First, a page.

Across the country, enforcement by council officers and BOINZ members of G6 for new buildings has been uneven.
This creates potential downstream risk for building officials, councils, council insurers and ratepayers.
What are the risks?
In Spencer on Byron¹ the Supreme Court articulated that the duty of care owed by councils to building owners extends to encompass bringing buildings up to the standard required by the code without the building having necessarily suffered any physical damage. Quite simply put – if the building has been consented and inspected by the council and does not comply with the code then the council may be responsible for compensating the owner if the owner has to do work to bring it up to code standard.
The justification for the extension of the scope of the duty owed by the council is that in undertaking pre-emptive work, the claimant removes the potential for physical damage and the associated risk to health and loss of amenity that the code is in place to prevent.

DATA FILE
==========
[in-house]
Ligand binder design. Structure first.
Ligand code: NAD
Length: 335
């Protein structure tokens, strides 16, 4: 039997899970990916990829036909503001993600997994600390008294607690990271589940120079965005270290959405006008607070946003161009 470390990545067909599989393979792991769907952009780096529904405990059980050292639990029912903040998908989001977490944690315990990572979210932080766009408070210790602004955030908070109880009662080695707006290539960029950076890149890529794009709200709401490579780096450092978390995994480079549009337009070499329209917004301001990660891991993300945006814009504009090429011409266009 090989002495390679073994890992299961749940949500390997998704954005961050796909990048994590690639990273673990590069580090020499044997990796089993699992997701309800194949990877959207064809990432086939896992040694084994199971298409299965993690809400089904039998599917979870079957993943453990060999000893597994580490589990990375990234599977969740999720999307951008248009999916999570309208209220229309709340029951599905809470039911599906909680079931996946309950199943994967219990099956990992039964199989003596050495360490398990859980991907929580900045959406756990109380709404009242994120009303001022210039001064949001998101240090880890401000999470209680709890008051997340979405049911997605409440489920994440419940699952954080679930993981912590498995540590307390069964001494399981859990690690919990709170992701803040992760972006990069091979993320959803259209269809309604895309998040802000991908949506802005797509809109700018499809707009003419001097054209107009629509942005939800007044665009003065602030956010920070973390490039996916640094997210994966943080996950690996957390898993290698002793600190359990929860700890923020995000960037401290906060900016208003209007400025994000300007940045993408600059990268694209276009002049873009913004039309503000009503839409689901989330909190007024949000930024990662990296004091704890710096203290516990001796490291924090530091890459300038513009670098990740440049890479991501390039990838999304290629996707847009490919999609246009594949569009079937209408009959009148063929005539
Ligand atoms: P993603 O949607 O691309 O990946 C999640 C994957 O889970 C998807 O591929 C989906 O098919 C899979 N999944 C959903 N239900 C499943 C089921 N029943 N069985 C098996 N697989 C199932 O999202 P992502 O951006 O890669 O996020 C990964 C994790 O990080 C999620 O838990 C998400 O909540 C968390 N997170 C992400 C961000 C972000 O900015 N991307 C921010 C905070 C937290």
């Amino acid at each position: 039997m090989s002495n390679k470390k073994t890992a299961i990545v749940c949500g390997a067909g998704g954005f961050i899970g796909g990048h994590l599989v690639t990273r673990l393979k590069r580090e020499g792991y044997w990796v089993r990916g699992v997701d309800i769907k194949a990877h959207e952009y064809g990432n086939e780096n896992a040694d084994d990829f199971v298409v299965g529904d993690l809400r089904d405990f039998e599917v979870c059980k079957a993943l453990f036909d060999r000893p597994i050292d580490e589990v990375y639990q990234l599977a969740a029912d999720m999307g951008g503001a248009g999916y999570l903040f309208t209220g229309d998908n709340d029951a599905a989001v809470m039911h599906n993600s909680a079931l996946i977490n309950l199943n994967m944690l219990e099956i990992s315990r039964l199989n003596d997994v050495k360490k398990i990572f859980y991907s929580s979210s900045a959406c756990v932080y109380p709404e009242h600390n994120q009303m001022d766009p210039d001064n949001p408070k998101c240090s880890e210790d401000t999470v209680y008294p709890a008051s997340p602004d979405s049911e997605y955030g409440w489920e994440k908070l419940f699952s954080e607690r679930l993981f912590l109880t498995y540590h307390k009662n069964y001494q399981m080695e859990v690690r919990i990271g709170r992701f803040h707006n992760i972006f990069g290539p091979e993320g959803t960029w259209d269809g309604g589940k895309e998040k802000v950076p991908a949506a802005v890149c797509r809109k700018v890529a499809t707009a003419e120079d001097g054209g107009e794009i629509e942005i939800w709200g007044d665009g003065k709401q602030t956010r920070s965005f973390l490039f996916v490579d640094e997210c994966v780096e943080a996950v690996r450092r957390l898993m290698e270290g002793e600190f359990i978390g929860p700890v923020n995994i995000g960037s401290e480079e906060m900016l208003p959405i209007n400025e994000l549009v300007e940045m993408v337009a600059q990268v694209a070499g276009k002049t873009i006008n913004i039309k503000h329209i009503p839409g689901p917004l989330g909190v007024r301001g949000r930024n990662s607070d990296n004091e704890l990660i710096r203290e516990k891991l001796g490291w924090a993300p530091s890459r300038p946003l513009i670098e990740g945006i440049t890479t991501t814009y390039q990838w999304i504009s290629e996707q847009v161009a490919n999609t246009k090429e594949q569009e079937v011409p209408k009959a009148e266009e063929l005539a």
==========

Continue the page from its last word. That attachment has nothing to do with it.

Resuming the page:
Since Spencer on Byron was decided the High Court has followed that reasoning, – most recently in Fleetwood where the court expressed that the council’s duty is to ensure that the entirety of the work is code compliant.
It is fair to say that councils do not generally have an employed acoustic engineer sitting down the corridor. When considering the implementation of G6 the council will mostly be reliant upon private sector experts. The council should have good robust systems in place to check the qualifications, competence and honesty of the private sector acoustic engineers it relies upon and the scope of the documentation it receives from them.
For example there is little point in council accepting a producer statement that:
- Does not cover the entire building;
- Attempts to limit the scope of the engineer’s liability;
- Is signed by an engineer that is not independent of the developer/builder;
- Does not show the engineers tertiary qualifications in acoustics (and when they were awarded)